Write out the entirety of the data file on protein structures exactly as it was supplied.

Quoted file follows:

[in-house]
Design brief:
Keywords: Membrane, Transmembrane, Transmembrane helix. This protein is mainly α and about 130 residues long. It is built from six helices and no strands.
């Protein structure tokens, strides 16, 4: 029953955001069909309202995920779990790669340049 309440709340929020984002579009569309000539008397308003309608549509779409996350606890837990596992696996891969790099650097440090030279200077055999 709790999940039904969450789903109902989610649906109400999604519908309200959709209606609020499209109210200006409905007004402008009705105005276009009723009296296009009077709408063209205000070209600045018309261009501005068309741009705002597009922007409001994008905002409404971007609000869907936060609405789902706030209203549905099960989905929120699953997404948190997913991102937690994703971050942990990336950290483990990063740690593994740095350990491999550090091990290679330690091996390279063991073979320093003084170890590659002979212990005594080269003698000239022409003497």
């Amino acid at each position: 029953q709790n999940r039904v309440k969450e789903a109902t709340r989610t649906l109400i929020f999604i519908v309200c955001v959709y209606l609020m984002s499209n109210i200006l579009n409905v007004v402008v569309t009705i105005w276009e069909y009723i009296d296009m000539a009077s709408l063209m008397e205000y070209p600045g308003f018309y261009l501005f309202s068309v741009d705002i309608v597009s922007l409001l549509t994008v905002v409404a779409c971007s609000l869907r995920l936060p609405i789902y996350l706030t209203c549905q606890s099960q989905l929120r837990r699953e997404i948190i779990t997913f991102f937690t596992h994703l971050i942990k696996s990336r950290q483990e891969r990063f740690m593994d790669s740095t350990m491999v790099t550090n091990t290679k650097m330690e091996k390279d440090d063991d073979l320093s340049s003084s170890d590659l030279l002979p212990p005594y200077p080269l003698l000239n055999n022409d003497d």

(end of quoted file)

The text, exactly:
[in-house]
Design brief:
Keywords: Membrane, Transmembrane, Transmembrane helix. This protein is mainly α and about 130 residues long. It is built from six helices and no strands.
């Protein structure tokens, strides 16, 4: 029953955001069909309202995920779990790669340049 309440709340929020984002579009569309000539008397308003309608549509779409996350606890837990596992696996891969790099650097440090030279200077055999 709790999940039904969450789903109902989610649906109400999604519908309200959709209606609020499209109210200006409905007004402008009705105005276009009723009296296009009077709408063209205000070209600045018309261009501005068309741009705002597009922007409001994008905002409404971007609000869907936060609405789902706030209203549905099960989905929120699953997404948190997913991102937690994703971050942990990336950290483990990063740690593994740095350990491999550090091990290679330690091996390279063991073979320093003084170890590659002979212990005594080269003698000239022409003497």
């Amino acid at each position: 029953q709790n999940r039904v309440k969450e789903a109902t709340r989610t649906l109400i929020f999604i519908v309200c955001v959709y209606l609020m984002s499209n109210i200006l579009n409905v007004v402008v569309t009705i105005w276009e069909y009723i009296d296009m000539a009077s709408l063209m008397e205000y070209p600045g308003f018309y261009l501005f309202s068309v741009d705002i309608v597009s922007l409001l549509t994008v905002v409404a779409c971007s609000l869907r995920l936060p609405i789902y996350l706030t209203c549905q606890s099960q989905l929120r837990r699953e997404i948190i779990t997913f991102f937690t596992h994703l971050i942990k696996s990336r950290q483990e891969r990063f740690m593994d790669s740095t350990m491999v790099t550090n091990t290679k650097m330690e091996k390279d440090d063991d073979l320093s340049s003084s170890d590659l030279l002979p212990p005594y200077p080269l003698l000239n055999n022409d003497d």